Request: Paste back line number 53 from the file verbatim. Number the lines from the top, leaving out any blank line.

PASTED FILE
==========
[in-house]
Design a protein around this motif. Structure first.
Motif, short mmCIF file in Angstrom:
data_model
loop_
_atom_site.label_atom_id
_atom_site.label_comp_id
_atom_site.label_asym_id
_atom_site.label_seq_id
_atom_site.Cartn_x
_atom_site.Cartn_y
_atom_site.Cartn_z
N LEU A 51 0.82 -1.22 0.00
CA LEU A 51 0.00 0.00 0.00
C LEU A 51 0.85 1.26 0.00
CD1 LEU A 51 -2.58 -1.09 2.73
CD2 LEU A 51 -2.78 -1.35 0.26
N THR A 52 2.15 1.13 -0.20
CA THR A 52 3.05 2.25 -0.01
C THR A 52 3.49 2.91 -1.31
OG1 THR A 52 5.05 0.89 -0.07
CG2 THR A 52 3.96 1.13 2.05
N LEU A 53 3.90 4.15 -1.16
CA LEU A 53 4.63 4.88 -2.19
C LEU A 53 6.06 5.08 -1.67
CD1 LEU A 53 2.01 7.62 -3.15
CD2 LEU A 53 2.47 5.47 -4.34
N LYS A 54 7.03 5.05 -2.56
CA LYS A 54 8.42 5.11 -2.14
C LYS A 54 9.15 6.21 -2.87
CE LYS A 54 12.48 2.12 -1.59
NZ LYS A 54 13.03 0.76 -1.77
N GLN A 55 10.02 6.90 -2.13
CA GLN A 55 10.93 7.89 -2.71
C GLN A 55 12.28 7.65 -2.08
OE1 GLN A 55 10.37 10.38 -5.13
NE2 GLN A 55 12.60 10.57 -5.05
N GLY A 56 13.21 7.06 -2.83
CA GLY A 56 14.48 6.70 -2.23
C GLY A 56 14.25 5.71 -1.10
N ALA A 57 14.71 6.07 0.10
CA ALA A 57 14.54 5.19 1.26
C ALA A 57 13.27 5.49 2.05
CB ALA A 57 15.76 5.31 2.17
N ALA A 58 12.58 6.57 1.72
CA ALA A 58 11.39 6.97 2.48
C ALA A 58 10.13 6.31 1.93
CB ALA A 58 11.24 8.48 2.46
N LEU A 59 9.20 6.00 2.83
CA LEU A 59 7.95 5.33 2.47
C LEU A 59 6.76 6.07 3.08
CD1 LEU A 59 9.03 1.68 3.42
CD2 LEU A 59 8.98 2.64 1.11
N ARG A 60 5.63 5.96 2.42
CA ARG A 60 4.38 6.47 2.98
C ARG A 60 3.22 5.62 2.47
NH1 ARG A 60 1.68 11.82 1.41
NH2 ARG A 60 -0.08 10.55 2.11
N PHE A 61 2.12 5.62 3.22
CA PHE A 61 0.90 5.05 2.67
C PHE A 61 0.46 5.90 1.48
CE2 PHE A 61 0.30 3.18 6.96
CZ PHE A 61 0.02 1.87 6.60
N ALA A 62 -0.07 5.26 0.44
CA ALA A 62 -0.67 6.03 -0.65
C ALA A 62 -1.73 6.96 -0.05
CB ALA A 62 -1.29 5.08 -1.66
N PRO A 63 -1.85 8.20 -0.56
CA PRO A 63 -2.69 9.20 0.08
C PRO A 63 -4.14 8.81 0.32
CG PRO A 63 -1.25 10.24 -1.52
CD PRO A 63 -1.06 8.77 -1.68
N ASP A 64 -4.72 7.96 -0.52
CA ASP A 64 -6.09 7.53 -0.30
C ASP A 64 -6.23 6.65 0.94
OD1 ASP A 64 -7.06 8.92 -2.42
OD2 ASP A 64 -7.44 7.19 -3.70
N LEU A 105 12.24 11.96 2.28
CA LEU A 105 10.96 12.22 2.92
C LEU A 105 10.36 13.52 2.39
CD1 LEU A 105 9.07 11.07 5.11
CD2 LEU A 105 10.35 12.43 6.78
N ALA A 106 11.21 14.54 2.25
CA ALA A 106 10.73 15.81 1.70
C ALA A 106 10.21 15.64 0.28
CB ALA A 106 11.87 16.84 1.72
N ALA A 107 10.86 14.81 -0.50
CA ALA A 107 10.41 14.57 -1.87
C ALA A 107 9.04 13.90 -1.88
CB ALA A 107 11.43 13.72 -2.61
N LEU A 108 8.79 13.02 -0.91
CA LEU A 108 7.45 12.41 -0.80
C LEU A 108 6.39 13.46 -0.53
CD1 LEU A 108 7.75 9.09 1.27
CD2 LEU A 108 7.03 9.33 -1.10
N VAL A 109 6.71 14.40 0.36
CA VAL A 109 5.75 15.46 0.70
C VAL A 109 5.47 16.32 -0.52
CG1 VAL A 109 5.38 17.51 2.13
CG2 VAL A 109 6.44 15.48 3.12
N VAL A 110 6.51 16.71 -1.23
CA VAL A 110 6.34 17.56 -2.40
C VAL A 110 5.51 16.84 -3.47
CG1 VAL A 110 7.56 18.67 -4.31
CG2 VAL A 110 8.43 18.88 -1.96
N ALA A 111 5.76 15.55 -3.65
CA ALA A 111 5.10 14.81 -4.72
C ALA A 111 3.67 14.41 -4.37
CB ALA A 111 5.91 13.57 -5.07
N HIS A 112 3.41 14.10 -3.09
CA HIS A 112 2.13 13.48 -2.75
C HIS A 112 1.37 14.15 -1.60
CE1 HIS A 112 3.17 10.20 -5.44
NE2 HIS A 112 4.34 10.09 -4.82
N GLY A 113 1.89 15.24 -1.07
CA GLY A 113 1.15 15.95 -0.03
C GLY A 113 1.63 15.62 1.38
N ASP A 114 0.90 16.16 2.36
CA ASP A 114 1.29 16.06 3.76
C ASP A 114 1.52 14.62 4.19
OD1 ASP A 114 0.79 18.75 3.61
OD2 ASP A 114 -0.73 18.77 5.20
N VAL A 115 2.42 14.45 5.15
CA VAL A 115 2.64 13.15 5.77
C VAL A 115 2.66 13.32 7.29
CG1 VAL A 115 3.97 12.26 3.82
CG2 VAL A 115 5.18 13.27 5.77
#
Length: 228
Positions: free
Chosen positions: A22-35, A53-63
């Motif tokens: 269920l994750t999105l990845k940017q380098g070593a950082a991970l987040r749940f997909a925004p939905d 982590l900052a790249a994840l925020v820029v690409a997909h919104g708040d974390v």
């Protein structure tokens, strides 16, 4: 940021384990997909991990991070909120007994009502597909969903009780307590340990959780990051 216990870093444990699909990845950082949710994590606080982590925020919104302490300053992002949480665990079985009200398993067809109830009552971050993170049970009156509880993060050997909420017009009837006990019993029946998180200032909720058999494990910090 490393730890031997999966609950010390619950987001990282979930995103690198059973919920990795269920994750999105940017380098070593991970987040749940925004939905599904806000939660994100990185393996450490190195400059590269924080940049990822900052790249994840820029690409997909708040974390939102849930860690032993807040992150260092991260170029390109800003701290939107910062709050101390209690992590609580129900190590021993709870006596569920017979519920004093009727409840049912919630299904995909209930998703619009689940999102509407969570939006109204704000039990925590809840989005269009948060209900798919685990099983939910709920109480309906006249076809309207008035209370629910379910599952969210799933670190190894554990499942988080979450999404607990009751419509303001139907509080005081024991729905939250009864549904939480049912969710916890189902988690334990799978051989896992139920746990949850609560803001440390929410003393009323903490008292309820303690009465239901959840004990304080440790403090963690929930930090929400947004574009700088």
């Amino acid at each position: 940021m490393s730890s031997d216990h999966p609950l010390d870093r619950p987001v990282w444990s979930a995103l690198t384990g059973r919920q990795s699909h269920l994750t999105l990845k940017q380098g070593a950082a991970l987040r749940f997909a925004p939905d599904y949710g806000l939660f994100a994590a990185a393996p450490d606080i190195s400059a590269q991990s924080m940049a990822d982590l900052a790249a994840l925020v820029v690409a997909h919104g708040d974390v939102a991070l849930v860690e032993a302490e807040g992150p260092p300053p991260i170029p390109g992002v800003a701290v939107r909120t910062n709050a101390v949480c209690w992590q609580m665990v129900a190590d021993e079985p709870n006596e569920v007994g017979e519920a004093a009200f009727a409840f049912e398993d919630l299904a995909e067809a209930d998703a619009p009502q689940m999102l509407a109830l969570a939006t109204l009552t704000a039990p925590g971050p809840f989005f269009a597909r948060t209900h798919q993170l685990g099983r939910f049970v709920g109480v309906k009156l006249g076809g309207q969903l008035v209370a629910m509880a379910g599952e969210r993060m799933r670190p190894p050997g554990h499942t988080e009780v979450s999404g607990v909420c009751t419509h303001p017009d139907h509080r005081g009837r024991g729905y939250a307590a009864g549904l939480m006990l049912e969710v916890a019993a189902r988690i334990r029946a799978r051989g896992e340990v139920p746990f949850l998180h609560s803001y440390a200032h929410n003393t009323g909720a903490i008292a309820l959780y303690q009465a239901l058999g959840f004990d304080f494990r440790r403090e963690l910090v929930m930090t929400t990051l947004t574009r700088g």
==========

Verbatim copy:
CD2 LEU A 59 8.98 2.64 1.11